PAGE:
© The Financial Times Ltd 2014 FT and 'Financial Times' are trademarks of The Financial Times Ltd.
January 24, 2014 7:16 pm
So many of our best winter-flowering shrubs came to the UK from China. I have been following their route in reverse, thanks to the recent exhibition on Chinese painting at the Victoria and Albert Museum in London. This remarkable show was so popular that it became difficult to see its long scrolls under glass among the queues of so many keen spectators. On my visit, I noted the paintings which related to gardens and flowers and vowed to study them more closely with the help of the expert catalogue. The show has now ended but the catalogue, edited by Hongxing Zhang, lives on in bookshops and is an essential addition to keen gardeners’ libraries. It has increased my initial pleasure.
Which will surprise readers of the Weekend FT more, the discovery that Chinese court ladies played football in the garden in the 15th century, or the discovery that a Mr Tang was painted in that same era, reclining in a rattan garden chair beneath a tree and having a “pure dream”?
I hope the ladies are more unexpected. Mr Tang is not our respected David, House & Home’s agony uncle, taking a nap. He is Tang Yin who ranked as the top scholar in his province’s exams but came to grief when he sat the national exams in Beijing. He was alleged to have given a bung to the senior examiner’s assistant in order to see the papers in advance. There was nothing left for him but to become a Buddhist, paint and write poetry. He is shown in his chair beneath the branches of a Paulownia tree, his eyes closed. “The Paulownia shadows cover the purple moss”, the accompanying poem by Tang says. “The gentleman is at leisure, feeling an intoxicated sleep, For this lifetime, he has already renounced thoughts of rank and fame, The pure sleep should not have dreams of grandeur.” There is no sign that he has taken to advising correspondents on manners and etiquette. In my garden I have two Paulownias, hanging on to life despite the cold winter of 2013. In warmer counties like Hampshire these quick-growing trees sometimes even flower. Perhaps we should set a deckchair beneath them and snooze, remembering VAT inspections of the past.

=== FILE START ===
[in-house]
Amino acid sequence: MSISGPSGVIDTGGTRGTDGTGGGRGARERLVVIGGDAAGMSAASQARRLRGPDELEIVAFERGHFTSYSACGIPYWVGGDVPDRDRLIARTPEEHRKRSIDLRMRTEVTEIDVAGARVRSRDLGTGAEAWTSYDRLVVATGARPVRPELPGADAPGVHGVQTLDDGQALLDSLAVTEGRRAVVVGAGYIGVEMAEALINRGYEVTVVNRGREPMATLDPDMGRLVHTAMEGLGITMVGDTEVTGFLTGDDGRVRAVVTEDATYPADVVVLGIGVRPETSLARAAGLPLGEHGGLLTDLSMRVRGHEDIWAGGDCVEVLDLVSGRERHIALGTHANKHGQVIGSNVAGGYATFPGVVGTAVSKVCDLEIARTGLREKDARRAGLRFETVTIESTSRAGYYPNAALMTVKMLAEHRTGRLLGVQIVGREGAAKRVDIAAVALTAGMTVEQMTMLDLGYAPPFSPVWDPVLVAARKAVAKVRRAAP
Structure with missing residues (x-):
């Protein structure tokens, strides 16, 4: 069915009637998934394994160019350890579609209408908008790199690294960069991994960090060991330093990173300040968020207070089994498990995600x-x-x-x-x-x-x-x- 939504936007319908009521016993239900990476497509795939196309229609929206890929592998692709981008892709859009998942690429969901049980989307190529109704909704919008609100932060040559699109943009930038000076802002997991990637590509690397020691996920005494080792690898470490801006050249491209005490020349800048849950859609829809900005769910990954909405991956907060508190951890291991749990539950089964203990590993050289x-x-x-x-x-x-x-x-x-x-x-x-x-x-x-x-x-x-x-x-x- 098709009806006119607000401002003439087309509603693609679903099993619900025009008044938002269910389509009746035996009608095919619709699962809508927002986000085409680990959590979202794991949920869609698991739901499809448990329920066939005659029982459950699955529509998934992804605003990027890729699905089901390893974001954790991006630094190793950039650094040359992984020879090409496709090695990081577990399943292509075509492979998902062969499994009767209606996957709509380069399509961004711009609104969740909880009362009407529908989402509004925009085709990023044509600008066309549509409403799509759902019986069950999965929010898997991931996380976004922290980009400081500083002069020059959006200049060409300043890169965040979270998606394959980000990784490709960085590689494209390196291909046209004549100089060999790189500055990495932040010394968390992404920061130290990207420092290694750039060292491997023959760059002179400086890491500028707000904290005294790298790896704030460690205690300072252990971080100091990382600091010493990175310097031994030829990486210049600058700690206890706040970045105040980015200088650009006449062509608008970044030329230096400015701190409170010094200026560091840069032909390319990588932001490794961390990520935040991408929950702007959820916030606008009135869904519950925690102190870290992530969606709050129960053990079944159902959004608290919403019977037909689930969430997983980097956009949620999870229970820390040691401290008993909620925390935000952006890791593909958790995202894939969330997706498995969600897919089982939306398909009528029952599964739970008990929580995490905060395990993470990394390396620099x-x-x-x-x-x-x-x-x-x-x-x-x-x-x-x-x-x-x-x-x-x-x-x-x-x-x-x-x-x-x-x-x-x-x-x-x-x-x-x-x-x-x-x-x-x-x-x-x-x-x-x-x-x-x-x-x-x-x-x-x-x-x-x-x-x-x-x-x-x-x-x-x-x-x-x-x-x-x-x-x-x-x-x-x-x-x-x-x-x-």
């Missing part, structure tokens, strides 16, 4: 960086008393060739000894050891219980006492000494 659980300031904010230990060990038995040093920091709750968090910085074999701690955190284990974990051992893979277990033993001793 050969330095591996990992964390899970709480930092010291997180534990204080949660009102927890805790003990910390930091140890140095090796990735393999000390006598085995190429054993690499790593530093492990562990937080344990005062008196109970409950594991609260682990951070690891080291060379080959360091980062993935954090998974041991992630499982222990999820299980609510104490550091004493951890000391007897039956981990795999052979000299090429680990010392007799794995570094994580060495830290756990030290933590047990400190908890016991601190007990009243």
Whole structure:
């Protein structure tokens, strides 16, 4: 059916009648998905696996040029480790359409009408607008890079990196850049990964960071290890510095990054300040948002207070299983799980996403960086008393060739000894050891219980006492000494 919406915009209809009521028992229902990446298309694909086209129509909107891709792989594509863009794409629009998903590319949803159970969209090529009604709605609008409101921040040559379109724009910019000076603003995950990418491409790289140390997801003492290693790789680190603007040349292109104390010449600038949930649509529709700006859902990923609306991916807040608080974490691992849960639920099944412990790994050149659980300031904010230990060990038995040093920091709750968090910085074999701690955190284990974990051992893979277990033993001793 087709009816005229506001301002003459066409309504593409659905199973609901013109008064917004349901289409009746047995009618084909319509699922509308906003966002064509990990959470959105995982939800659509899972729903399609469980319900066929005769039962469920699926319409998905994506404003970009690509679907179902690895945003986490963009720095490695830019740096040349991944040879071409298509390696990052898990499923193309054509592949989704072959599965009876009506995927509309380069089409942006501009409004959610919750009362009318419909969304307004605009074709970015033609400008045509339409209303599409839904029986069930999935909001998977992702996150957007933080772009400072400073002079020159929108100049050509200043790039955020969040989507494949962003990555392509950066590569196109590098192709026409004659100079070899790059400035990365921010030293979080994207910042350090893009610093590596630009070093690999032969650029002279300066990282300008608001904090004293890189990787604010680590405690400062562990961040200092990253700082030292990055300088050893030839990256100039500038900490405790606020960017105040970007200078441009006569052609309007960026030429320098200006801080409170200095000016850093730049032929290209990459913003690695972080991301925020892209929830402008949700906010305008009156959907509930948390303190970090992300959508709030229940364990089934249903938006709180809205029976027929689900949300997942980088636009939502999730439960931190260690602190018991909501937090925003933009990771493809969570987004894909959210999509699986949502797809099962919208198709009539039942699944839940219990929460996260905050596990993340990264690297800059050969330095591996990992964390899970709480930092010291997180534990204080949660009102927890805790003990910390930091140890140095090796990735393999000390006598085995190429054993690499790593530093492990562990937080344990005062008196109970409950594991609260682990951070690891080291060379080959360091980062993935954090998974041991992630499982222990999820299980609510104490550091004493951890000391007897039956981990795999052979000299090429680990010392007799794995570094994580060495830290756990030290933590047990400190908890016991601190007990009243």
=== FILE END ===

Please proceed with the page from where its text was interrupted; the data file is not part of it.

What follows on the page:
The footballing ladies are truly surprising. One of them has a dainty foot extended and a big round ball in the air above it. Soccer is an English invention, but if you thought that the English male was the first person to put foot to an inflated ball, you are hundreds of years out of date. Chinese palace ladies were already practising their passing inside the bamboo fence. The ball was lined with an animal bladder and inflated from outside. What about the problem of bound-up feet? Foot-binding was widely imposed on classy women in the Ming period. These 15th-century footballers are moving freely, probably because the painting, as so often, is evoking a much earlier era. Their game was called cuju. If it goes back another 800 years to the Tang era, female footie is inarguably a Chinese invention. Some scholars even claim examples of it in the remote sixth century BC.
It is not the only invention on view. I have to apologise for previous articles which blamed the Dutch for inventing golf in sand dunes. Chinese ladies were there long before them, not in sand but on the level surface of a palace garden. On the same garden scroll they are to be seen wielding a sort of proto-putting iron, having hit a rounded little ball into the middle of their group. They are even holding the proto-putter in the way non-golfing girlfriends try to hold it, head forwards and flat, before they agree to golfing lessons and get serious. This proto-golf was called chuiwan. It may not be as old as women’s football, but it is far older than the golf course at Gleneagles. Again, the painter shows no bound feet, so he may be thinking of an earlier era than the 1480s.